Available on Now TV


Aliens (1986)

On the flip side of Predator is the master hunter’s comic book nemesis in James Cameron’s Aliens. All four Alien movies have been made available on Now TV but this is the one that always stands out. Gone is the haunted house atmosphere of Ridley Scott’s original and it is replaced by a muscular, adrenaline pumping sci-fi war film as Vietnam parable. Cameron consistently changed the game from his second full feature onwards and here he redefined what a sequel could be.

Aliens is a second film in a franchise so good that it essentially torpedoed any other film that dare have an Alien in the title and call itself the third film, the only solution was really back to basics which they tried and failed although Alien 3 does have its merits. At the time Aliens was considered a modest budget exercise and used a lot of existing locations and yet Aliens somehow never ages apart from some primitive old school green screen and Michael Biehn and Sigourney Weaver’s youthful appearance giving the game away.  Aliens was a huge influence on the next decade of cinema and it continues to be influential even at nearly thirty years old.

Available on Now TV


The Blacklist

The Blacklist (2013-14)

Okay so it seems that maybe Netflix UK won’t be getting this for a while. Perhaps alarmed by the news from one of their competitors, Now TV have decided to put the entire first season of this smash hit back on demand for a limited time only. All 22 episodes are now available but they don’t hang around on Now TV so chances are you have at best three weeks to binge watch all of this. I would say that having watched the first three episodes, The Blacklist is well worth your time. The first episode is one of the best pilots of recent times and the follow-up episodes don’t slow down either. Something we will call ‘Breaking Bad Syndrome’ seems to be occurring recently and network shows are really upping their game. Between this and Hannibal, US networks are giving us a reason to watch normal TV again. The basic premise has a wonderful James Spader (enjoying the Kevin Spacey phase of his career) as a master criminal who gives himself up after being off the radar for more than twenty years.

The FBI take him in and he demands that he will only reveal secrets and foil terrorist plots with a newly minted federal agent with issues of her own. An unlikely partnership is formed and more and more secrets are revealed with plenty of twists and turns on the way. Like many network shows, this has often lunatic pacing but also knows when to slow it down and focus on two people in a room talking. Somehow though it was long thought dead, The Blacklist brings back the network trope of weekly self-contained stories with each new episode involving the tracking of some new criminal menace whilst still having an overall arc and it works. The Blacklist has all the best parts of Alias, Spooks and Kevin Spacey being interrogated in a police station in The Usual Suspects. In other words its good…go watch now!

Available on Now TV


Available this week for a fee in most places where you can rent stuff.


They Came Together (2014)

I think it’s fair to say that the Zucker style spoof kicked off with Airplane and The Naked Gun has been more or less run into the ground thanks to those moronic films like Meet the Spartans that spoof movies one year after they come out and are loaded with soon to be dated pop culture references. There is hope however, and that hope is represented by director David Wain who first teamed up with Paul Rudd and Amy Poehler not to mention a young Bradley Cooper on the underseen Wet Hot American Summer which spoofed US summer camp comedies from the 80’s with some often surreal humour. Now Wain, Rudd and Poehler have given us this spoof of the romantic comedy formula and it works wonderfully.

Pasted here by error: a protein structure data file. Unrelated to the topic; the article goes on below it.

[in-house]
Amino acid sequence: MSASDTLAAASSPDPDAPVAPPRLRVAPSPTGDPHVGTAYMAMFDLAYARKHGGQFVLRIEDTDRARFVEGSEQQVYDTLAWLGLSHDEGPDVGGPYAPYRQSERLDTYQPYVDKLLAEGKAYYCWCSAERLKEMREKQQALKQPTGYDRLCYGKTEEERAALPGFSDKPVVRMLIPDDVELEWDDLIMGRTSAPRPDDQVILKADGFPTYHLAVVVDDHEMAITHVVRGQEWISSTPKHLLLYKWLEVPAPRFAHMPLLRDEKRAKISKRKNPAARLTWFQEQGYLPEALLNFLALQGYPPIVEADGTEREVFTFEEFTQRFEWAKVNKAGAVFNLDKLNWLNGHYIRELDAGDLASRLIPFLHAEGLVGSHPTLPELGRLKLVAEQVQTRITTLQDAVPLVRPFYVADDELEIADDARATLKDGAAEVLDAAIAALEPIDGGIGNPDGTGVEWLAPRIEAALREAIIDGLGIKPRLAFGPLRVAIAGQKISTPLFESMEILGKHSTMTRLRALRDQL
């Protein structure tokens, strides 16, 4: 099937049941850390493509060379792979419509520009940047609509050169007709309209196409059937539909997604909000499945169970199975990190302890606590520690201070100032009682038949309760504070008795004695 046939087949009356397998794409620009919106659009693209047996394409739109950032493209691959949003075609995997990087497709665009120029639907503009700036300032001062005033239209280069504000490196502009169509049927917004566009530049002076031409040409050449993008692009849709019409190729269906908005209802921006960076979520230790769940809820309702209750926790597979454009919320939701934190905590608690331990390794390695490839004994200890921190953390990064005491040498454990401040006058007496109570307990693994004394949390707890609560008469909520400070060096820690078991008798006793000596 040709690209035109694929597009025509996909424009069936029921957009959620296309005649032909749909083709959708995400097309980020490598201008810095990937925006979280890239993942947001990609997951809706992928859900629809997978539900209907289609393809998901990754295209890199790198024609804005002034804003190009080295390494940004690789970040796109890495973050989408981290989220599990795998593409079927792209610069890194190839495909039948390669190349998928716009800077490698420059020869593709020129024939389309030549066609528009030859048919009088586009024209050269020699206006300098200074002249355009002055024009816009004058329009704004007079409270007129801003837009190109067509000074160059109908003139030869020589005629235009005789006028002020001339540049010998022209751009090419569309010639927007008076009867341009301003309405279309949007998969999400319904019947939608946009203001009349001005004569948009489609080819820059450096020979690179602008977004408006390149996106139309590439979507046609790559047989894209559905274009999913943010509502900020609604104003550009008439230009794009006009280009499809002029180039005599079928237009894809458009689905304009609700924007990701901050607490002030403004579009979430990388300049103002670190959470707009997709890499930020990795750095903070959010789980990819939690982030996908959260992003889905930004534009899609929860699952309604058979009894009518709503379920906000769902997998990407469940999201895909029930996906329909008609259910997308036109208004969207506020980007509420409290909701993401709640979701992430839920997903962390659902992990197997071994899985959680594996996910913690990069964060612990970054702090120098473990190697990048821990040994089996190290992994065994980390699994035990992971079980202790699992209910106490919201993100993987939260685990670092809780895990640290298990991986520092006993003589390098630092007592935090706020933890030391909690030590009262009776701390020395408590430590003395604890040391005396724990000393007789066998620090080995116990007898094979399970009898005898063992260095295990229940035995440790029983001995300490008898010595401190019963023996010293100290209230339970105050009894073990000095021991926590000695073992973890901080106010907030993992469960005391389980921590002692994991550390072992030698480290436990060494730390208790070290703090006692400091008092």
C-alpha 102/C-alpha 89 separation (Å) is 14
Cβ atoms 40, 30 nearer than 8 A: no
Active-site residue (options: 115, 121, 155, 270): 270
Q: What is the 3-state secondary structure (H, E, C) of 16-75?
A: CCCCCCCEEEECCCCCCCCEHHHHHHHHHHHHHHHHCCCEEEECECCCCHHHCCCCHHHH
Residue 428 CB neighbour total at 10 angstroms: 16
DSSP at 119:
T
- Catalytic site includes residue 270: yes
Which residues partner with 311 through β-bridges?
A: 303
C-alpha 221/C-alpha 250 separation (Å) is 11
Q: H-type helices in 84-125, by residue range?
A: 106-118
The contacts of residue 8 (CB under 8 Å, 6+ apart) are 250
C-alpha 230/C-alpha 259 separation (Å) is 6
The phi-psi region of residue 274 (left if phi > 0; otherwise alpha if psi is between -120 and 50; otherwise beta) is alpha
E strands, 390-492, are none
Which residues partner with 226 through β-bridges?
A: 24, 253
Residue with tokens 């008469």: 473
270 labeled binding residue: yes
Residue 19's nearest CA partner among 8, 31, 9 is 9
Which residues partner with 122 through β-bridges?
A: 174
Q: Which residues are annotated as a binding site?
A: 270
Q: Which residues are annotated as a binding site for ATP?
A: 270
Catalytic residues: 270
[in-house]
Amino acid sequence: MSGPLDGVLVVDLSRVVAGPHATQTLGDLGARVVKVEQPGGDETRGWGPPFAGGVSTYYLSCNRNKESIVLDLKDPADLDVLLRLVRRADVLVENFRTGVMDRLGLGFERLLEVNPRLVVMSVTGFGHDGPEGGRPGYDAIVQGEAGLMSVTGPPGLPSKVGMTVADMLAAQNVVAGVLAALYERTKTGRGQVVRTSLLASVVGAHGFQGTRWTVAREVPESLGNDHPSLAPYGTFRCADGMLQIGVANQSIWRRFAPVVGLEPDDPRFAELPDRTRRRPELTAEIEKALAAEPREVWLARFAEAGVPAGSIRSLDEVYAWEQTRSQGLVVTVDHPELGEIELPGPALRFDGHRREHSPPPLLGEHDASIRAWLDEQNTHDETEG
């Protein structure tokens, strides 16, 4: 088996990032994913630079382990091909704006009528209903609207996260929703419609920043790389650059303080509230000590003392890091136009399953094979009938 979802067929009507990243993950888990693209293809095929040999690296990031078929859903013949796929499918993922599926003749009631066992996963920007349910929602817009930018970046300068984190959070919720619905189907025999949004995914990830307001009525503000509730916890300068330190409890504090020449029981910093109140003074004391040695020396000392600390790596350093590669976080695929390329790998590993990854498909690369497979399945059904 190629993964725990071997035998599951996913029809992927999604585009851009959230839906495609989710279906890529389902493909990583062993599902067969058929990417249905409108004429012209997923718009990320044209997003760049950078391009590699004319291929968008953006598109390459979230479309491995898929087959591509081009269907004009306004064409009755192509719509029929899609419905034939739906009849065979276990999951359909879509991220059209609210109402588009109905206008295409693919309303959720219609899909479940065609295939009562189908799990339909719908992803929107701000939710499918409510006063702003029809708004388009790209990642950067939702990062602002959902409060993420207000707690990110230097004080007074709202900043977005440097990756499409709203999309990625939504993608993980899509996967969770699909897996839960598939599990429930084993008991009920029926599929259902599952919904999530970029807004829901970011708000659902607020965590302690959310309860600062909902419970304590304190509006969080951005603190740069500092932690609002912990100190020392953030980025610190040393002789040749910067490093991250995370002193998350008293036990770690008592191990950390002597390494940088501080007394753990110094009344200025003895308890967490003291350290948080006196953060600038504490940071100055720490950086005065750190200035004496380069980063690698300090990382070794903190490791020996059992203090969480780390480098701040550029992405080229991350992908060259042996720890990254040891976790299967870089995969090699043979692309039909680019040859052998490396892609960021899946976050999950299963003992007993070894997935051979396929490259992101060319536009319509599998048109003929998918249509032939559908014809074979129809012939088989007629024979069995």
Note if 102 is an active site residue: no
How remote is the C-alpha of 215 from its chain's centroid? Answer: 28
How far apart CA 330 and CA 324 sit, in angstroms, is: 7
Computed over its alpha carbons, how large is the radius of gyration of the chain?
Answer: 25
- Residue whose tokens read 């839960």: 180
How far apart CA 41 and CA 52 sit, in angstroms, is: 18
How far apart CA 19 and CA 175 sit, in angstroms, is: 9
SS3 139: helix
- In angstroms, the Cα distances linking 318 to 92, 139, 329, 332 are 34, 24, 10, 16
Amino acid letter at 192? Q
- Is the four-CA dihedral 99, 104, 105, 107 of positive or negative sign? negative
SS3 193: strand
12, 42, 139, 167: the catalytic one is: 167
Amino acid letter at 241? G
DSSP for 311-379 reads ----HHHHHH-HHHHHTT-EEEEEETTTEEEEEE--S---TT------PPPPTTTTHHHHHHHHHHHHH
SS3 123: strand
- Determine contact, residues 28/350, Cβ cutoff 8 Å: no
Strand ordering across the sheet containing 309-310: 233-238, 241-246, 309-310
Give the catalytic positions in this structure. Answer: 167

Every trope of the romantic comedy is skilfully skewered by Wain and co, from the use of New York City to the quirky characterisations of the female lead and the main non offensive romantic leads group of stock character friends. They are a few obvious jokes of the ‘walk this way’ variety but it makes up for it by going off on weird random tangents about soiled superhero costumes at Halloween parties and white supremacist in-laws. So far this year I have not laughed at a comedy this much and They Came Together had me crying and my rib cage hurting it was so funny. Probably not to everyone’s taste but if you are in a silly mood then check it out.

Available on EE/Film4OD/Virgin Movies/Blinkbox/Amazon


Bad Neighbours (2014)

Simply titled Neighbours in the states, somehow they thought this might be mistaken for an Australian soap featuring a character named Toadfish. Bland title aside, the trailer for this Seth Rogen and Zac Efron two hander promised lots of base laughs and entertainment this summer and duly made lots of money. However the simple fact is that most of the laughs are in the trailer and the film is disjointed and frankly doesn’t make a lot of sense.

Rather than sharp dialogue and the ridiculousness of the situation, the humour harkens back to films like There’s Something About Mary and American Pie or Road Trip and really feels tired. Along with this it has a rather confused tone, constantly wanting to go dark but then bottling it and going for the gross out. At times Zac Efron’s character seems like he belongs in a different movie altogether, perhaps a drama from a Bret Easton Ellis novel and the less said about the end the better. For me this was one of the big disappointments of the summer but who knows for you it might be just what you need after a busy week at work.

Available on EE/Film4OD/Virgin Movies/Filmflex/Blinkbox/Amazon


Blue Ruin (2013)

Slightly hampered by the fact that it appeared on very few screens rather than going VOD simultaneously, the acclaimed Blue Ruin is finally available to view in your home. Luckily although it was present, Jeremy Saulnier’s revenge saga hasn’t fallen victim to film festival overhype and seems to be becoming much-loved amongst film fans through good old-fashioned word of mouth.

This has often been compared to many of the South Korean revenge sagas from last decade as well as the work of the Coen brothers and was apparently director Saulnier’s last grab at a film career which seems to have paid off. We will be seeing more of this guy, mark my words.

Available on EE/Film4OD/Virgin Movies/Filmflex/Blinkbox/Amazon